When children go to school in Cuba, they receive advance "Stockholm" traning along with their indoctrination—how better to control them before they reach an age of dissent. The soldiers depicted carrying "good rifles" are, as all Cubans including children understand, the same ones charged with beating the Ladies in White and any others who dare to disagree with the regime. They well understand the threat of beatings, arrests, and understand the ultimate threat implied, as these are the "good rifles" of Che's legacy. They know the CDR is watching. This evil omnipotence is the work of men who are monsters, practicing the evil atheist ideology of Communism. To instill such fear in children violates all internationally accepted principles governing human rights.
Imagine if text books for first grade African-American children taught them to admire rope bearing KKK clansmen, or if text books for Jewish-American children forced them to learn that the Holocaust was "good". Imagine teaching children to fear their own thoughts, and calling it education advertised as free.
From the Twitter feed of Yusnaby Pérez:
El miliciano tiene un fusil. The soldier has a rifle.
El ama la paz. He loves peace.
En manos buenos, In good hands,
un fusil es bueno. a gun is good.
“Cuban exiles are responsible for sleaze in American politics. In every incident of national torment that has deflated our country for the past three decades…Cuban exiles are always present and involved.” (Michael Moore, Downsize This)
“I don’t like your people. I don’t like to see you come out to this clean country in your oily hair. Dressed up in those silk suits, trying to pass yourselves off as decent Americans." (Senator Pat Geary to Michael Corleone.)
And lest we forget, Michael Moore is an icon and rollicking crowd-pleaser of the Democratic Party, feted at their National conventions and a HUGE campaign draw in Florida (no less!!!)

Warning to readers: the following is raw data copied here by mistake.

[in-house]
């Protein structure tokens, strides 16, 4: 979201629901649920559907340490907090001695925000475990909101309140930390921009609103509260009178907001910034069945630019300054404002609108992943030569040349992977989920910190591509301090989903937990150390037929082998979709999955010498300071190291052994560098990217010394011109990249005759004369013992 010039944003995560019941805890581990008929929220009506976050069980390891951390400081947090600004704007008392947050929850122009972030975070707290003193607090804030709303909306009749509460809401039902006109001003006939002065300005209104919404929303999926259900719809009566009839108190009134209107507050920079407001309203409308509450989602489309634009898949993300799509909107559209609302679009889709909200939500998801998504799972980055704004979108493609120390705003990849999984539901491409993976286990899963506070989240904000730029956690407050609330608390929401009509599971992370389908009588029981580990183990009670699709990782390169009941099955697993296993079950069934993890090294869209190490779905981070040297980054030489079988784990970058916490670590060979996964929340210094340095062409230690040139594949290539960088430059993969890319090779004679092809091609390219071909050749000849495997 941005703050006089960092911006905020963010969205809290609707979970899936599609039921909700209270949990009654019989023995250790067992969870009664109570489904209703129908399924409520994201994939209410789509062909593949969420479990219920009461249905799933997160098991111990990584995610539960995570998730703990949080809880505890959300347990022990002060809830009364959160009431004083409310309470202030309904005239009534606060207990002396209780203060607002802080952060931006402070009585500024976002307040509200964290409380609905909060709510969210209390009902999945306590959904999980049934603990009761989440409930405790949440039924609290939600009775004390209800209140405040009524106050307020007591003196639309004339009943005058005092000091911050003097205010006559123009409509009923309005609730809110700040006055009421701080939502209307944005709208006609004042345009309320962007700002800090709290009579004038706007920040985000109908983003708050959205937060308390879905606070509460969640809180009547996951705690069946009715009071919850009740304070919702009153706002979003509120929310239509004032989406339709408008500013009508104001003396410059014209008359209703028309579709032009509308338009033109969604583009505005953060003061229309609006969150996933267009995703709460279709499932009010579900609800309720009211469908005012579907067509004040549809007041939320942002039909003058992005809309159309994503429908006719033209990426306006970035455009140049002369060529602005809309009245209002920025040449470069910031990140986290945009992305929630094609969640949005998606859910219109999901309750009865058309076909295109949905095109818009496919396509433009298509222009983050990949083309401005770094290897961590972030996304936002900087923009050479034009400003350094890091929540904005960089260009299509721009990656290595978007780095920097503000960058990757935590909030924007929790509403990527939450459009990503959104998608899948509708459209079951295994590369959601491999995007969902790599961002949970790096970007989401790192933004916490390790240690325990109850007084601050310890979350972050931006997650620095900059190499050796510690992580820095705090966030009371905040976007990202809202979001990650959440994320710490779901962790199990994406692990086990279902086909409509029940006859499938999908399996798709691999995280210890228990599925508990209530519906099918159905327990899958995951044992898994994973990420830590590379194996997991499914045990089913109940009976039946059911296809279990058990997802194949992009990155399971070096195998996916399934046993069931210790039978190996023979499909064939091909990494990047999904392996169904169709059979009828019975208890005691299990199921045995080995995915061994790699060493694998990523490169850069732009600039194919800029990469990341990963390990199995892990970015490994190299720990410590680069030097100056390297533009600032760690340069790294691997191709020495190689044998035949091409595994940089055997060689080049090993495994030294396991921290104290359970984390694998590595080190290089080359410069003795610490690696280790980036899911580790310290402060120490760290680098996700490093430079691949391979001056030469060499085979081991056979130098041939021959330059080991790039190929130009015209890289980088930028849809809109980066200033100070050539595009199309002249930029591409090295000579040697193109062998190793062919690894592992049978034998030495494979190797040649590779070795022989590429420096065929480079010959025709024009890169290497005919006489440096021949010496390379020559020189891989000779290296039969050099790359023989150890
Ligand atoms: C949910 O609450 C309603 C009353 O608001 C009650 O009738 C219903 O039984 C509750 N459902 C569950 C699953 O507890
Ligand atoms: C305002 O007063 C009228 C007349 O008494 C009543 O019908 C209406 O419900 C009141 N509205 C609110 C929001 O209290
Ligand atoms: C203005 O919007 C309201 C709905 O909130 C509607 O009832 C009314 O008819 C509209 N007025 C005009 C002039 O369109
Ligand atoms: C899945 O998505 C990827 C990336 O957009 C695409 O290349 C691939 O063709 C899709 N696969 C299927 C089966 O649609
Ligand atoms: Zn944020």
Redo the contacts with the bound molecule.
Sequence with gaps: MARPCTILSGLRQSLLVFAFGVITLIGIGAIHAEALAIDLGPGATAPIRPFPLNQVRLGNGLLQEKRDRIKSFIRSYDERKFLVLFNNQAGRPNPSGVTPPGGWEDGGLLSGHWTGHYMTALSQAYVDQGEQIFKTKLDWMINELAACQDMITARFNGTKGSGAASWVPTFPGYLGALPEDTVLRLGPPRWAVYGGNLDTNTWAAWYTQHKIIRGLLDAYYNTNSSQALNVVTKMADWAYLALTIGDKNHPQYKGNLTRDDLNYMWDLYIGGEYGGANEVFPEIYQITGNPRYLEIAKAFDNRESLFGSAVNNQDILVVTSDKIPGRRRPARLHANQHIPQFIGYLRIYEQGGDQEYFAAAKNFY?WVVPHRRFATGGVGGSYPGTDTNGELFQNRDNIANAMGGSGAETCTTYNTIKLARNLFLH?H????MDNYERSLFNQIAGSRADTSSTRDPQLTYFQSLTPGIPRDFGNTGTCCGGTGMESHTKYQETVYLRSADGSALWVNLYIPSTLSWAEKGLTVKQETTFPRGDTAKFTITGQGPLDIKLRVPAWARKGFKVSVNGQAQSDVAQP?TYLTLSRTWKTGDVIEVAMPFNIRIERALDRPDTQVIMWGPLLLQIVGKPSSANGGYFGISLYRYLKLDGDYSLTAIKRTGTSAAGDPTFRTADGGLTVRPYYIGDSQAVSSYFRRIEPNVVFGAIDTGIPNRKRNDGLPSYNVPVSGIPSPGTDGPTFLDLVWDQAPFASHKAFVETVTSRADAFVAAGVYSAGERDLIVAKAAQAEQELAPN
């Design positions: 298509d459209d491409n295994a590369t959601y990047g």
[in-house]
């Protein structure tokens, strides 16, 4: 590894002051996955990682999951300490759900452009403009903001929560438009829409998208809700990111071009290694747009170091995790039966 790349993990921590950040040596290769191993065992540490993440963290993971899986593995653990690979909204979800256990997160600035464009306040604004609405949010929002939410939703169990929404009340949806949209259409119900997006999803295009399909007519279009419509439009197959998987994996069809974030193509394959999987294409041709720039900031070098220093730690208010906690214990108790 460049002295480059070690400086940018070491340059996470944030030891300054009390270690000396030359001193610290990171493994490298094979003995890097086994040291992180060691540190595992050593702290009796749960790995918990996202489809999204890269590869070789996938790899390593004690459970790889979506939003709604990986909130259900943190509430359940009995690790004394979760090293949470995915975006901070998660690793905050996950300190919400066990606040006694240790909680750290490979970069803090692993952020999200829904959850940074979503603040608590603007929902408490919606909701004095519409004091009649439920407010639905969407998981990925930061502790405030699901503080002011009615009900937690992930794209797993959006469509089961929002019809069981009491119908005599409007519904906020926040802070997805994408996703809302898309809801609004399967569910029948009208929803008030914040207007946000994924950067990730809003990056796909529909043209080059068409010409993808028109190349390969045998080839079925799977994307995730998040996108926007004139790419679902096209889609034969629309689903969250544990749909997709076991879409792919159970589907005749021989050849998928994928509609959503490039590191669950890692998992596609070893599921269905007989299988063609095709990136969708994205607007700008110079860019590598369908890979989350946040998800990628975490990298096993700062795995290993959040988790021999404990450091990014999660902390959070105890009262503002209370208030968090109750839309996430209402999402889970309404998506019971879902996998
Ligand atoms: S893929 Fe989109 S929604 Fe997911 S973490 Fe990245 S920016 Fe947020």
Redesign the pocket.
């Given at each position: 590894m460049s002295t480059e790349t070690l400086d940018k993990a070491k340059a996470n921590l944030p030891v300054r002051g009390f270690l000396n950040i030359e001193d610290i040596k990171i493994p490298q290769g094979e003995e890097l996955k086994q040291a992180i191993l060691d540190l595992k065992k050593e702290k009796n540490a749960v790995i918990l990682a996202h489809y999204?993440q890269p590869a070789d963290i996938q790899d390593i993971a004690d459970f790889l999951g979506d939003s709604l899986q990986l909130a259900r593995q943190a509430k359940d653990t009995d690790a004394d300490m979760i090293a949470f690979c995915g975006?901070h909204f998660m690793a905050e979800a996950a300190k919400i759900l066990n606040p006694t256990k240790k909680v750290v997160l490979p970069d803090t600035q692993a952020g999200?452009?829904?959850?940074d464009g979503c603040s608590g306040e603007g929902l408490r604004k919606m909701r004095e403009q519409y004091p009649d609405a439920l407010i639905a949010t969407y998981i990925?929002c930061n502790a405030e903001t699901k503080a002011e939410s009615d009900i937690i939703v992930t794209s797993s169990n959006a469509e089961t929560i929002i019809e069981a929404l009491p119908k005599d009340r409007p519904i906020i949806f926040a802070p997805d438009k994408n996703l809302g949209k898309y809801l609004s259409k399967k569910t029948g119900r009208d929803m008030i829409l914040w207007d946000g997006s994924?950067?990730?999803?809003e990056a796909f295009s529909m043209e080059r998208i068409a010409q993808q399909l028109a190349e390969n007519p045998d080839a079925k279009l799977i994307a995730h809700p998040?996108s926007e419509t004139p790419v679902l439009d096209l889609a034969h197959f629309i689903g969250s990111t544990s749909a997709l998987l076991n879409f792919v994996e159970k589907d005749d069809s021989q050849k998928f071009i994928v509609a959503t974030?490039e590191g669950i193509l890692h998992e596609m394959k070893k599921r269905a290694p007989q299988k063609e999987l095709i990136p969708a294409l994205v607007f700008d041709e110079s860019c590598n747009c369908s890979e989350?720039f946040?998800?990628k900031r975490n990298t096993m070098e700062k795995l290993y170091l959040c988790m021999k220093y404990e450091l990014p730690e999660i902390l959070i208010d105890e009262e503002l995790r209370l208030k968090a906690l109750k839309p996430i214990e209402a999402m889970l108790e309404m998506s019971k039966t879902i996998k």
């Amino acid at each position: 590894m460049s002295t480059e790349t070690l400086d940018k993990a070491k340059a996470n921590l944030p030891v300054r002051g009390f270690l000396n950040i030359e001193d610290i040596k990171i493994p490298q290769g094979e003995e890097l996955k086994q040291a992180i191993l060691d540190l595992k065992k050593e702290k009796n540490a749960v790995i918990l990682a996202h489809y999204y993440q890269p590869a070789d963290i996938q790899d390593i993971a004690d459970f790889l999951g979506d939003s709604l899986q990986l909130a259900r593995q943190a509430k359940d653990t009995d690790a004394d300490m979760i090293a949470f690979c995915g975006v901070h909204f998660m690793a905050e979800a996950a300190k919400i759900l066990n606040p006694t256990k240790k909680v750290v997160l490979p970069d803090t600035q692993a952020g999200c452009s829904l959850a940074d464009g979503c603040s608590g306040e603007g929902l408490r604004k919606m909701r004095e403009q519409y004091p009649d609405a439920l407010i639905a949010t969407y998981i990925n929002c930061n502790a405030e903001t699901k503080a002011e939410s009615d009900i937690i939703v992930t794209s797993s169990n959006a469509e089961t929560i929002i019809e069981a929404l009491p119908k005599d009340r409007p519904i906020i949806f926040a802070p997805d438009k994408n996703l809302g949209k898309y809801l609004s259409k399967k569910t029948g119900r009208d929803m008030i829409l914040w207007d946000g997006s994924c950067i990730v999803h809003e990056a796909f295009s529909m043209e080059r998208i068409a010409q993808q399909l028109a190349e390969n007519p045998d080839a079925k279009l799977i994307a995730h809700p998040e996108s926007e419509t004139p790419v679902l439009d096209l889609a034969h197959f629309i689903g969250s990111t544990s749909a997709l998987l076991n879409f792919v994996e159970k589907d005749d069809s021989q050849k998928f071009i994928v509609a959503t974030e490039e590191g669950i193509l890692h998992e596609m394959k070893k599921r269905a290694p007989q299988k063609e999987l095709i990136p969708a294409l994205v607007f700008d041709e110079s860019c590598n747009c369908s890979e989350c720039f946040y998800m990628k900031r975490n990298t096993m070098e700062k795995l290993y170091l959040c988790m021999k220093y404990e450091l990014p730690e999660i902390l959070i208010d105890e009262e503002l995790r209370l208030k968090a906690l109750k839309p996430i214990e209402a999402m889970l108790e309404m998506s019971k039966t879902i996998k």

With all the hysteria going on about the ebola virus, I’d like to issue an edict to forbid the use by Cuban-American of the idiomatic expression “Oye, Asere. ¿Qué bola?”
The literal translation of the above expression is “Hey, Dude. What’s up?!”
The reason for the edict is that those who are not fluent in the Spanish/Cuban dialect might think that you are speaking about the ebola virus, and might either quarantine you or send you back to Castrolandia.
Another so-called "reform" under Raul Castro, religious persecution.
From Christian Solidarity Worldwide:
Cuba: Baptist pastor threatened with criminal charges:
Cuban Baptist pastor and religious freedom activist Reverend Mario Felix Lleonart Barroso has received official notice that he may face criminal charges if he does not break ties with “counter-revolutionary elements” in and outside of Cuba, and if he does not stop giving radio interviews. His wife, Yoaxis Marcheco Suarez, was summoned for an interview with security services on 15 October.
Reverend Mario Felix Lleonart Barroso, a prominent religious freedom activist and church leader, was officially summoned to the State Security Unit in Camajuani, Villa Clara on 8 October. He was threatened with arrest if he did not appear. At the unit a Lieutenant Colonel read out an Official Warning or “Acta de Advertencia”, a document that can be used as justification for future arrests and criminal charges. Two witnesses, whom the pastor did not recognize, were present and offered testimony of his “counter-revolutionary” links. This is the third time that government agents have unsuccessfully attempted to pressure Reverend Lleonart Barroso into signing an Acta de Advertencia.
According to Reverend Lleonart Barroso, who leads the Ebenezer Baptist Church in the town of Taguayabon in Villa Clara Province, and who is a member of the Western Baptist Convention, one of the largest registered religious organisations on the island, the Lieutenant Colonel told him verbally that the government was unhappy about the pastor’s recent visit to the eastern part of the country. The official added that if the pastor did not change his behaviour soon, a criminal case would “probably be filed.”
The purpose of Reverend Lleonart Barroso’s visit was to meet with church leaders who had reported violations of religious freedom. Reverend Lleonart Barroso met with Pastor Yiorvis Denis, the leader of a church in Camaguey which has come under repeated threat of forced closure and confiscation of property. He also met with Pastor Esmir Torreblanca, the leader of a large church in Santiago that was razed by the government in July.
Reverend Lleonart Barroso told Christian Solidarity Worldwide (CSW), “I intend to continue on with my activities in the defence of religious freedom in Cuba.”